Earlier this month, the Community and Family Outreach Services department at the Delaware County District Library (DCDL) added four new stops to their regular delivery rotation. While the DCDL Bookmobile traditionally has scheduled visits to private daycares or senior living facilities, these new community stops are special because they are completely open and accessible to the public.
Many individuals who grew up in Delaware County remember the days when the Bookmobile would pull in to their neighborhood, park, and open the doors for children, families, and individuals of all ages to walk onto the bus, browse the collection, and take home a book or DVD.
These neighborhood visits stopped over 10 years ago due to the extending reach of the library’s branches and the increasing ease for patrons to visit a location via car, bike or public transportation. Additionally, the DCDL Bookmobile at the time was not equipped for patrons to easily walk on or to provide substantial lighting or other mobile services.
Thankfully, with the introduction of the new Bookmobile to the library family of vehicles, we now have a vehicle with full-sized bus doors and a chairlift, great outdoor and indoor lighting, and an awning for shade or inclement weather cover. The vehicle is also equipped with wireless internet and a checkout station for library staff to operate.
The next time you’ll see the Bookmobile near you will be on Tuesday, May 1 at 4:45 p.m. outside Strengthening Families at the Willis Education Center on West William Street, or outside Conger Elementary School on East William Street at 6:15 p.m. These visits each last an hour and will occur every other Tuesday through the end of 2018.
Weekly stops will occur every Thursday at the Londontown Apartments on Chelsea Street in Delaware at 3:45 p.m. and outside the United Church of Christ in Radnor at 5:30 p.m.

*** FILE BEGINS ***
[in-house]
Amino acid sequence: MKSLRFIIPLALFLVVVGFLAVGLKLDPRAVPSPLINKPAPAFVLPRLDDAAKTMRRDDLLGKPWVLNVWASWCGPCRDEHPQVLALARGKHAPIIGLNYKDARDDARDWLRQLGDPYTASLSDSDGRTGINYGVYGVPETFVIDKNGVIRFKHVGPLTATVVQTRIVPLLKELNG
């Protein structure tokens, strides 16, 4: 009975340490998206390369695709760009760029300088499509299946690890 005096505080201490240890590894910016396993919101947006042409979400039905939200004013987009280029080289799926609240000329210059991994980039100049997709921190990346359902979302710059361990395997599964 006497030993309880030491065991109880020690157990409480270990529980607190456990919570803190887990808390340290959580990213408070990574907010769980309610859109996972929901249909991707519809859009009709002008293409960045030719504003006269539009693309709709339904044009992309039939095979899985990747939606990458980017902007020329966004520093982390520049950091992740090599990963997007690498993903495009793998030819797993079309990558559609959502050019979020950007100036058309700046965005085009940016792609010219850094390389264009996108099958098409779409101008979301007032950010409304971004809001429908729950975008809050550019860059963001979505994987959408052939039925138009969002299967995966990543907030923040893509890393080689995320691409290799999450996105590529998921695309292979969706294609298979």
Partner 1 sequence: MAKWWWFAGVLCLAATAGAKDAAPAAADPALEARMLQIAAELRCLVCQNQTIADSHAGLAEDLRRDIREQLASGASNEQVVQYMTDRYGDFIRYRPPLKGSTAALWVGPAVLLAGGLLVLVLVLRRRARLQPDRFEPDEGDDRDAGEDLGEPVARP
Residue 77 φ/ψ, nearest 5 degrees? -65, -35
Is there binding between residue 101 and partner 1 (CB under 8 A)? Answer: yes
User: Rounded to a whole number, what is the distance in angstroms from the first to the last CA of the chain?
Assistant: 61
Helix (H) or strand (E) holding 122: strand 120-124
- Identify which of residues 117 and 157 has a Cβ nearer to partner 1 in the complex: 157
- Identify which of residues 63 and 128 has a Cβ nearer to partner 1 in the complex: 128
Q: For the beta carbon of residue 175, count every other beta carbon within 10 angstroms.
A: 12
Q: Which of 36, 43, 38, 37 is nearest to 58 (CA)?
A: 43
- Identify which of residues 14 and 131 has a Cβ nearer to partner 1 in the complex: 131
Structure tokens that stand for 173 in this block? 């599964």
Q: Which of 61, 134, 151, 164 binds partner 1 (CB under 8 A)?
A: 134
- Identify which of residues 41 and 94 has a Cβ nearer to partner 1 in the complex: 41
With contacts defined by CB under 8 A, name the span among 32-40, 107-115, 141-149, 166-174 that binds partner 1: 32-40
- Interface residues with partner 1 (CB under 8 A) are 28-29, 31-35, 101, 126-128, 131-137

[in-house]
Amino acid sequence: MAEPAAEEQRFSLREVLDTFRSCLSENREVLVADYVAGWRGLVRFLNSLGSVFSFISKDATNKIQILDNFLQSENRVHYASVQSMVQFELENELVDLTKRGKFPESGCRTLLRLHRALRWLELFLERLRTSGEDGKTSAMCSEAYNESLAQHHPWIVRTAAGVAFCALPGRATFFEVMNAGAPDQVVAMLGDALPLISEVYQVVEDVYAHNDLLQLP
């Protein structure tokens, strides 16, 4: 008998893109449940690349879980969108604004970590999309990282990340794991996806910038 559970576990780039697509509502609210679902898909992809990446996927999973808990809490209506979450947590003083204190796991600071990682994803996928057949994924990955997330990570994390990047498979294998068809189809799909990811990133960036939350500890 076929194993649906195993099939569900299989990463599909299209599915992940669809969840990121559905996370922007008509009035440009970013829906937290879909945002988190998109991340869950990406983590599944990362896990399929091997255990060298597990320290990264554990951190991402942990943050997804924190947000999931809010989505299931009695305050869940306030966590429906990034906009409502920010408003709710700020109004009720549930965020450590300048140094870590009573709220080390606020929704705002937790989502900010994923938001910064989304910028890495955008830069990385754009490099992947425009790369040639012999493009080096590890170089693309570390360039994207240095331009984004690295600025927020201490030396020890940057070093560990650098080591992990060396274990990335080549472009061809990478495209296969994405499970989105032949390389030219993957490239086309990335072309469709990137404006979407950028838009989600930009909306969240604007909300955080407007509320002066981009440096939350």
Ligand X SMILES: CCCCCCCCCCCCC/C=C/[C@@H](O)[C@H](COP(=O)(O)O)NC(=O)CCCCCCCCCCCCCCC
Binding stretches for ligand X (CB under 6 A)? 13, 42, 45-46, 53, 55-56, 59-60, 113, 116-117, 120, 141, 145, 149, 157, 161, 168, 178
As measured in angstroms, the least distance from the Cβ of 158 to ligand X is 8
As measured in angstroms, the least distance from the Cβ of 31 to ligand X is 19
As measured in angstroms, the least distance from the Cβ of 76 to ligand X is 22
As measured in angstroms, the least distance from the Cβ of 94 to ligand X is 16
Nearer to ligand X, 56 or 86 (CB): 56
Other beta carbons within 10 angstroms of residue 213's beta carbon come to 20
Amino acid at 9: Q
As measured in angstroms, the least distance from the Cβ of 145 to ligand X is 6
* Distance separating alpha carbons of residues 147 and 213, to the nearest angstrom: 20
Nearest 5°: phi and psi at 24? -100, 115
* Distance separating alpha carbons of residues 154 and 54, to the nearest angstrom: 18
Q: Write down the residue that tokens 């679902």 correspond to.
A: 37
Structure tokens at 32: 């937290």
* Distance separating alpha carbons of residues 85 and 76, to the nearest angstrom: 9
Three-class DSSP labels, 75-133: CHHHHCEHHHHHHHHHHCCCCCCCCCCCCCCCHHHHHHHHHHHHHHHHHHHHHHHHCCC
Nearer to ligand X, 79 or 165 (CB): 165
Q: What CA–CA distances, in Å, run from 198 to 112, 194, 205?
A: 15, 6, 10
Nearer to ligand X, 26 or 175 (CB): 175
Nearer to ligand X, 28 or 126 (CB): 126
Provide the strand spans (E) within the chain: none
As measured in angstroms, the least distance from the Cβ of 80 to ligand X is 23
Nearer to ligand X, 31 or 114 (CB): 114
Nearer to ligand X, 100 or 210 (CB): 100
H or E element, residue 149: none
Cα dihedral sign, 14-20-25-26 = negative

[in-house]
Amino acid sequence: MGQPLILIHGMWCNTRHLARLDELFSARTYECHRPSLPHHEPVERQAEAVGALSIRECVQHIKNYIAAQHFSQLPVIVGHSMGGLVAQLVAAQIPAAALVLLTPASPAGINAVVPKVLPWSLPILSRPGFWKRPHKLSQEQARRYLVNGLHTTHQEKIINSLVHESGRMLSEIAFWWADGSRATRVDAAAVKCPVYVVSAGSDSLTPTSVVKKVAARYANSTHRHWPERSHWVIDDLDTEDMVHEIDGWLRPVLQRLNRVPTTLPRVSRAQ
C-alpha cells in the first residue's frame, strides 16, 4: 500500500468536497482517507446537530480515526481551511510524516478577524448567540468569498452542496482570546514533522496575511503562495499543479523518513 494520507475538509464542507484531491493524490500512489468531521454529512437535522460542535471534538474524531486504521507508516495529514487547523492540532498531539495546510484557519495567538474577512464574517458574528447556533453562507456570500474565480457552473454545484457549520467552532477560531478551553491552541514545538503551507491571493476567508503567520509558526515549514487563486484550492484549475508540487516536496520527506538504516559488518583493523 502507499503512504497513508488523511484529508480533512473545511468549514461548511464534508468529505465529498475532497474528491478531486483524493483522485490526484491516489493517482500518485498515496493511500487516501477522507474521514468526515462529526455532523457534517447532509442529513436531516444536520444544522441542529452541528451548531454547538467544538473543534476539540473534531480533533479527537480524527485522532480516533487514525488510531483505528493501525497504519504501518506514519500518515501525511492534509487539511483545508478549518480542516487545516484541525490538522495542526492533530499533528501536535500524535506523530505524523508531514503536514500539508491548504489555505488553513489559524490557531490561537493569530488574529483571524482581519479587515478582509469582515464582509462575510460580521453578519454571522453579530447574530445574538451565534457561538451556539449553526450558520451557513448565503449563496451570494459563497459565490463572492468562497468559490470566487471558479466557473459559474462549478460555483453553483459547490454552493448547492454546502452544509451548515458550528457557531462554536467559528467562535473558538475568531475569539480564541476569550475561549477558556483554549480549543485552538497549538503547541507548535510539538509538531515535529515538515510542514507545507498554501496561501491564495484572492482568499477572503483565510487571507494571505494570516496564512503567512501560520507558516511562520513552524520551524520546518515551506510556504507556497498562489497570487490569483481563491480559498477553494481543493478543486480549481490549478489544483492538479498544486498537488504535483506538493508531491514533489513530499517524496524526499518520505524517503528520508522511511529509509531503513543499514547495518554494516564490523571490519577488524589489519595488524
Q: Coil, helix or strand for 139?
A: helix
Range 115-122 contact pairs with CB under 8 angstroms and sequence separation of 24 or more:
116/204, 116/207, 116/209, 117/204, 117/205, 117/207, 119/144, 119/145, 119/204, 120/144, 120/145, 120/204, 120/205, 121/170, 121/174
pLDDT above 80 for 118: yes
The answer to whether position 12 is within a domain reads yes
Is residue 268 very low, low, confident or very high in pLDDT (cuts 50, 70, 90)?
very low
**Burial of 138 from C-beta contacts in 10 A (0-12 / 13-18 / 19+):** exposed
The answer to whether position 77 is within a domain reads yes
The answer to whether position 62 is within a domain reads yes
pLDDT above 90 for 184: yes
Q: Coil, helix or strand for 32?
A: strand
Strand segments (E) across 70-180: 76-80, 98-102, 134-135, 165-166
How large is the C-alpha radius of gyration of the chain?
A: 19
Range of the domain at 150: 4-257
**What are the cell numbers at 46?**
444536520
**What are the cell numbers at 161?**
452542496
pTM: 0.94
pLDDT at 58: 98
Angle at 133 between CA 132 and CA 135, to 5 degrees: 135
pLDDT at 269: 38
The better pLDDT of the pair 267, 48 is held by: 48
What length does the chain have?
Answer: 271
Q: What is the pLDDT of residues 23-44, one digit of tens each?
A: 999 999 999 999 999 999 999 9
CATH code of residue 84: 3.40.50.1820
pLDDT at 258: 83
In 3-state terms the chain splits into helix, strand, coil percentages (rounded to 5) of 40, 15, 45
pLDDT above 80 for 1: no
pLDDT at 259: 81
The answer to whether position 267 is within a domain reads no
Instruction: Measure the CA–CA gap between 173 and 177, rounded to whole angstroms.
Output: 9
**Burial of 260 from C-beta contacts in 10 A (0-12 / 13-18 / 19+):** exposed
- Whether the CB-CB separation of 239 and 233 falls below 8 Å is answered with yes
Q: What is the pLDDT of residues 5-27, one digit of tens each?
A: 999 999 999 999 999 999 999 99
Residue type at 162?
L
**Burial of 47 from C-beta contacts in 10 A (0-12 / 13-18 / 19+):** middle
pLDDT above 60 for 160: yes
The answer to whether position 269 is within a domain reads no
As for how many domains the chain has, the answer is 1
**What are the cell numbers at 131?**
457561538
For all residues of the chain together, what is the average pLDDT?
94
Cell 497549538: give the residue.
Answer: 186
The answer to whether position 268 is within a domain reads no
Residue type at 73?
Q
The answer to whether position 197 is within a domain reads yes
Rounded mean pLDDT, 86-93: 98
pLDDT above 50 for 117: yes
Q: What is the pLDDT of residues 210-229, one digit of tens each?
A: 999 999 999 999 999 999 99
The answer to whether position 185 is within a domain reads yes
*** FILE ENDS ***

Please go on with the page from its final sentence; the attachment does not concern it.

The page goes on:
We hope that you stop in the next time you see the Bookmobile in your neck of the woods, whether it’s for a taste of nostalgia or to take advantage of one of our excellent library services. For another walk down memory lane, see what’s new in the historical fiction genre this month.
• “Bachelor Girl” by Kim van Alkemade. A tale inspired by the true story of Yankees owner Jacob Ruppert and his mysterious 1939 bequest traces how a Jazz Age millionaire takes his personal secretary and a young actress under his wing and oversees their growing love for each other before triggering dark rumors with his decision to leave the young woman the bulk of his fortune.
• “White Houses” by Amy Bloom. After meeting the future first lady while covering Franklin Roosevelt’s campaign, Lorena Hickock and Eleanor discover a powerful passion between them.
• “The Cloister” by James Carroll. A priest and a Holocaust survivor find their perspectives and senses of identity reshaped by their shared investigation into the classic romance between discredited religious scholar Peter Abelard and his intellectual paramour, Héloïse.
• “The Sparsholt Affair” by Alan Hollinghurst. A World War II-era Oxford engineering student who hides secret ambitions to join the Royal Air Force and the lonely son of a celebrated novelist forge a fateful bond that reverberates throughout seven decades of shared family life and friendship.
• “I Was Anastasia” by Ariel Lawhon. An evocative retelling of the Anastasia survival myth follows the appearance of a traumatized, badly scarred young woman who claims to be the youngest Romanov daughter, launching a half-century of questions, accusations and changing perspectives on identity as conveyed by her supporters and detractors.
If you have a question that you would like to see answered in this column, mail it to Nicole Fowles, Delaware County District Library, 84 E. Winter St., Delaware, OH 43015, or call us at 740-362-3861. You can also email your questions by visiting the library’s web site at www.delawarelibrary.org or directly to Nicole at firstname.lastname@example.org. No matter how you contact us, we’re always glad you asked!